Legendary North Shore surfer and alleged colorful Sunset Beach icon Owl Chapman is suing The Surfers Journal (TSJ) in an Oahu Federal Court to answer to charges of libel. The jury trial, which started last week (Feb. 24), will determine whether or not TSJ was libelous for publishing “El Hombre Invisible (With Apologies to William S. Burroughs) An Owl Chapman Story.”
Written by Jeff Johnson, the article examines Johnson’s experience ordering a custom surfboard from Owl Chapman, referred to in the lawsuit as Craig Elmer “Owl” Chapman. The article appeared in the August/September 2006 issue of TSJ.
According to sources close to the case, the lawsuit was initially thrown out of court. Under appeal, the court found that some of the plaintiffs’ claims, even though the article contains figurative language and opinion, are actionable based on Ninth Circuit Court’s three-part test.
According to the court, “The Article as a whole–while a personal, narrative account fraught with descriptive, figurative language–generally implies that (1) Johnson ordered a surfboard from Plaintiff and (2) Plaintiff failed to deliver the surfboard on time as promised, took Johnson’s money up front and then deliberately avoided him for approximately two months, and failed to craft the surfboard to Johnson’s specifications.” The court found that statements containing these implications are actionable. A Honolulu jury will make a ruling soon, more than likely by the middle of this week.
Specifically Chapman’s lawsuit claims that, “A ridiculously extreme portrait (indeed a most sinister caricature) of plaintiff emerges that casts him in a false light —- and which, further, points to a grandiose egotist who is mean-spirited, self-serving, full of braggadocio, impossibly arrogant and in the end, a degenerate, pathetic and drug-addled social outcast.”
Interestingly, in the court documents reviewed, Owl Chapman asserts that he never made Jeff Johnson a surfboard. That, in fact, the entire article is make believe. I don’t know if Owl did or didn’t make Jeff Johnson a surfboard, but you’ve got to admit, that’s pretty funny.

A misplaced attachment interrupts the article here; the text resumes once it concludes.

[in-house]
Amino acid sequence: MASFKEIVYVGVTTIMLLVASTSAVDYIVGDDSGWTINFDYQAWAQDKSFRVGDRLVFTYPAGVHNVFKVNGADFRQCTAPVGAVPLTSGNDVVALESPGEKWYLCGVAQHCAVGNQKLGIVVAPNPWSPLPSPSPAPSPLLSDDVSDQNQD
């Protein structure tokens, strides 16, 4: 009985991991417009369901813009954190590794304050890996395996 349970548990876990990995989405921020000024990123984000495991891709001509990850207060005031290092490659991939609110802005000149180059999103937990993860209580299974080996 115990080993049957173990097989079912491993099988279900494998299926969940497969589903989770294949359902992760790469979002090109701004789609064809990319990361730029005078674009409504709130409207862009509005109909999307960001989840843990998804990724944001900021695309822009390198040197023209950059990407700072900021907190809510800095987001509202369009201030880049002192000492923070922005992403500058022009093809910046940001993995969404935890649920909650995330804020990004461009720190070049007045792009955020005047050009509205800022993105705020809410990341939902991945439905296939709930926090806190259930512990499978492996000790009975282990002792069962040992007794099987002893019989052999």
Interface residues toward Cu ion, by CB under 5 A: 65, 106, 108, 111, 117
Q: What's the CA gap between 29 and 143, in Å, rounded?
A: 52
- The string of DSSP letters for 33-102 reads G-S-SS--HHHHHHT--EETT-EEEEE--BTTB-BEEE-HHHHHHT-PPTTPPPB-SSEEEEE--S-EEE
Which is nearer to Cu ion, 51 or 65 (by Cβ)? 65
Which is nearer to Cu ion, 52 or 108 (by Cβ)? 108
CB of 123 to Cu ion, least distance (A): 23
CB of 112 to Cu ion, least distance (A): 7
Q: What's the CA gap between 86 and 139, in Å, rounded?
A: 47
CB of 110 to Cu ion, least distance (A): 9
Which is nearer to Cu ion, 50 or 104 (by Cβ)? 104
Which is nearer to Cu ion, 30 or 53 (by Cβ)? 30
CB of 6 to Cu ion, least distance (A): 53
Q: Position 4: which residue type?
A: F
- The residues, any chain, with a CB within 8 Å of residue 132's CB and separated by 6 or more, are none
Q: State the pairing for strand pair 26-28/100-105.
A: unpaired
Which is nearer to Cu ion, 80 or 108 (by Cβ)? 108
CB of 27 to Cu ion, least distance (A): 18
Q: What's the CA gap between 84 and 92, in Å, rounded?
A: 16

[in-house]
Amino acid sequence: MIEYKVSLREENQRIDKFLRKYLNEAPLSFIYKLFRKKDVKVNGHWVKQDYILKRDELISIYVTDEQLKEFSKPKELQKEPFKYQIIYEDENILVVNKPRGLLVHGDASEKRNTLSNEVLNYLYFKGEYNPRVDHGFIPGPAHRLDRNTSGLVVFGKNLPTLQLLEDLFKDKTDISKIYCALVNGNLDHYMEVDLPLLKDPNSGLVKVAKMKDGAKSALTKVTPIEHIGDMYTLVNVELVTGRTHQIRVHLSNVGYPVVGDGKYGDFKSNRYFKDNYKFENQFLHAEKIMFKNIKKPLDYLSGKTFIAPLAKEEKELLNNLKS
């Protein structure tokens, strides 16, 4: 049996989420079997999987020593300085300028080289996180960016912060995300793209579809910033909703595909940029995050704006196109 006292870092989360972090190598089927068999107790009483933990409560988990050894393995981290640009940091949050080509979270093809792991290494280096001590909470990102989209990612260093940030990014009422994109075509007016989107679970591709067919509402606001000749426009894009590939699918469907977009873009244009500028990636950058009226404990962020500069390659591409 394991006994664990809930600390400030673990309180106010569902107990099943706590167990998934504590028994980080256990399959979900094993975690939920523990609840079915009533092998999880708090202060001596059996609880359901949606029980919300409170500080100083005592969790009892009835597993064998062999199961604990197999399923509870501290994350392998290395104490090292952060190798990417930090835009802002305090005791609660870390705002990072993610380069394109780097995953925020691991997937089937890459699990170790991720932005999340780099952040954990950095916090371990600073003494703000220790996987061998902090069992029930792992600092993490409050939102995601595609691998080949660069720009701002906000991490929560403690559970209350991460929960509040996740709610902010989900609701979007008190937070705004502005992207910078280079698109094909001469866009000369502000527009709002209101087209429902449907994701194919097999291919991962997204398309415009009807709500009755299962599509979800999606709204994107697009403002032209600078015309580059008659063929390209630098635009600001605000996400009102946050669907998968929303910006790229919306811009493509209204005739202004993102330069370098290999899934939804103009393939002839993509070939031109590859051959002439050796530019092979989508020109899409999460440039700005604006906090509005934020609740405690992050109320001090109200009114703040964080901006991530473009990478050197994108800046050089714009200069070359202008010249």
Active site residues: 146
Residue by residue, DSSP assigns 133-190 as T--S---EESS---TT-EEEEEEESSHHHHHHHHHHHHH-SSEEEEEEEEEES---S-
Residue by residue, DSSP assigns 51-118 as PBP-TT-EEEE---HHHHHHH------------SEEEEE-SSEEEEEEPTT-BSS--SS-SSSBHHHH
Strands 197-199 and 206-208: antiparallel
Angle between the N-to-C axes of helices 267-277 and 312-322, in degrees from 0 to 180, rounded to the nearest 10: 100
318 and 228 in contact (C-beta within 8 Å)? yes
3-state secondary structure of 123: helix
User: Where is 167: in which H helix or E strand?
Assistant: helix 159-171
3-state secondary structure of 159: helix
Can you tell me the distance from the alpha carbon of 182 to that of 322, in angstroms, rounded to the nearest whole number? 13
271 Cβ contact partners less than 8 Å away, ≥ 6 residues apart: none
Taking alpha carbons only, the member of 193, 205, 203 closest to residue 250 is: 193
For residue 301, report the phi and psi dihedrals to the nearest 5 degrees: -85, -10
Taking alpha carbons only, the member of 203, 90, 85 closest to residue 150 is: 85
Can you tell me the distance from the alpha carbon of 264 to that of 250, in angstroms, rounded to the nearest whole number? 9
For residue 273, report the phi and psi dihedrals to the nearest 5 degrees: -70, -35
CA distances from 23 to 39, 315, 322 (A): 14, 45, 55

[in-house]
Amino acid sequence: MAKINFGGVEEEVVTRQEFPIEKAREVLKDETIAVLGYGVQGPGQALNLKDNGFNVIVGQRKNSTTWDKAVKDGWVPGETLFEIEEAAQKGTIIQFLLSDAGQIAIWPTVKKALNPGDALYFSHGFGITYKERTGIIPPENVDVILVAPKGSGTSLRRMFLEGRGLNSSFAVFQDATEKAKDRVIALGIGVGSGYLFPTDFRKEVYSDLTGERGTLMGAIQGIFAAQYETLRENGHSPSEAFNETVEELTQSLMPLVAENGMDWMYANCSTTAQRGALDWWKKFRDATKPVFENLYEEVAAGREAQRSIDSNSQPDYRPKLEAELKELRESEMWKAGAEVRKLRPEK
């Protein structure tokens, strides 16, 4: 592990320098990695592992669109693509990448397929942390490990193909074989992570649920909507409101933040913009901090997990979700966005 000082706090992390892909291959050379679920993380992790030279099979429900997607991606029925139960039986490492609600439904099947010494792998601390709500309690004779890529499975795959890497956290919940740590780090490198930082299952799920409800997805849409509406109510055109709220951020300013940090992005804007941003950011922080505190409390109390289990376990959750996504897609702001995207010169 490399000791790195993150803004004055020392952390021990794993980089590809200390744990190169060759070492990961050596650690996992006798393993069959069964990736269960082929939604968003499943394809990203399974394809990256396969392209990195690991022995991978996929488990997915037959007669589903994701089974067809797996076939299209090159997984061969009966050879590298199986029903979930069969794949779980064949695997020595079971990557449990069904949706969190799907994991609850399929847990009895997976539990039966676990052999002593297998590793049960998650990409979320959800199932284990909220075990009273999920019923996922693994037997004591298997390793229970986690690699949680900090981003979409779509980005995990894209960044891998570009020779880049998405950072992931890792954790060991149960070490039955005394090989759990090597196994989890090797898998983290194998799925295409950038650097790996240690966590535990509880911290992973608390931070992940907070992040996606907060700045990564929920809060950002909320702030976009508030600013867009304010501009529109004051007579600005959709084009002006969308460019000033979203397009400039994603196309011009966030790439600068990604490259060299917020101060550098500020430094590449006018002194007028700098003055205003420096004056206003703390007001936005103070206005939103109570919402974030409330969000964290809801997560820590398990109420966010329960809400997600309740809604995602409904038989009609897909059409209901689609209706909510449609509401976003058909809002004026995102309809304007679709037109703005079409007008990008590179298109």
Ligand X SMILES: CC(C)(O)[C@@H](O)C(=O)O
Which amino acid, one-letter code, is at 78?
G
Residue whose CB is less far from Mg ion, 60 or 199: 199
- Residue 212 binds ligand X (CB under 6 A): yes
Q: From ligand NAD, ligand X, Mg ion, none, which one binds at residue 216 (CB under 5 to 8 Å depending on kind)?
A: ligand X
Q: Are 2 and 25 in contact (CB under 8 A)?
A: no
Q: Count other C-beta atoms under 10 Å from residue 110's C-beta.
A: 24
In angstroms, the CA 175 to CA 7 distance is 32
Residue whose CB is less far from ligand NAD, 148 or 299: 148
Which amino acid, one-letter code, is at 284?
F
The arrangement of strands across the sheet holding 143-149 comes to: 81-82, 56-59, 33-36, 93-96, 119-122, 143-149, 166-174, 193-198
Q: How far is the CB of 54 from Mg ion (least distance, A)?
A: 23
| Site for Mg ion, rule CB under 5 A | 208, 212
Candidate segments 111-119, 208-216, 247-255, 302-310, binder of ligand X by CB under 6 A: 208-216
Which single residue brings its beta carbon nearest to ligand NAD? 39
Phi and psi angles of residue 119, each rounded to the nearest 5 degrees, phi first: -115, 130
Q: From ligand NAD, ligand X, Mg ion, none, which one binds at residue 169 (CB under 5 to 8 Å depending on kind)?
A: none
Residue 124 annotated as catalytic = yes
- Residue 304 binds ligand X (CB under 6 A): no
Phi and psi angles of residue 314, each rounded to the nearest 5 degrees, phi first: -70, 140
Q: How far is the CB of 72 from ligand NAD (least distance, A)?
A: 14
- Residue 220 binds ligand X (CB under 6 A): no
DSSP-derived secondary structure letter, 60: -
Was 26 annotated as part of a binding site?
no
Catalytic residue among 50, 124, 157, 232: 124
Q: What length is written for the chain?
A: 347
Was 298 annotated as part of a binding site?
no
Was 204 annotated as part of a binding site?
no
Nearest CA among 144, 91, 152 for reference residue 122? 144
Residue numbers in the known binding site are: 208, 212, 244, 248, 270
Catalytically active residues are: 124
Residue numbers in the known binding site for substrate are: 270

What is not so funny is how the outcome of this case will affect the surf media. Here’s a hint, look for an increase in the use of the word “allegedly.”
And what does it say about our slowly decaying surf culture? This is really surfing’s version of “kramer vs. kramer” and you and I are the kids stuck in the middle. Owl Chapman is an, uh, “alleged” colorful character (last time I surfed Sunset he paddled up to me and told me he was “Owl Queda”) and he is one of the many strands of hemp weaved into our vast surfing web. And Mr. & Mrs. Pezman and TSJ, are two of the finest people I’ve ever known; their publication a ma & pop outfit that’s shines bright and delivers a perspective few others dare to provide. Why have we, as a surf culture, come to this? Our culture has always been different, slightly skewed and offset from mainstream society—thanks in great part to characters such as Owl and publications such as TSJ.
Sure, as a culture, we’ve inched closer and closer to societal norms, but I’d like to believe we’re still a little rough around the edges, aren’t we? I can put aside all the Hollister/Abercrombie BS, and the surfing perfume companies who sell golf, and the AMEX commercials. Those mistakes didn’t really occur within our circle of trust. Those were Wall Street decisions based on an obscene demand for double digit growth. But this, Owl vs. Pez, how did this happen? Three words: over zealous lawyers…allegedly. One of whom must have, at some point, chewed on Owl’s ear.
By the way, if you haven’t read the article in question, go online and order TSJ August/September 2006. It is a well written, insightful and charming piece. In comparison to the other dozen or so Owl Chapman stories and anecdotes I’ve encountered over the years, this one, in my opinion, made him look pretty good. Whether or not it will hinder his ability to make money as shaper, well, that’s up to the jury to decide.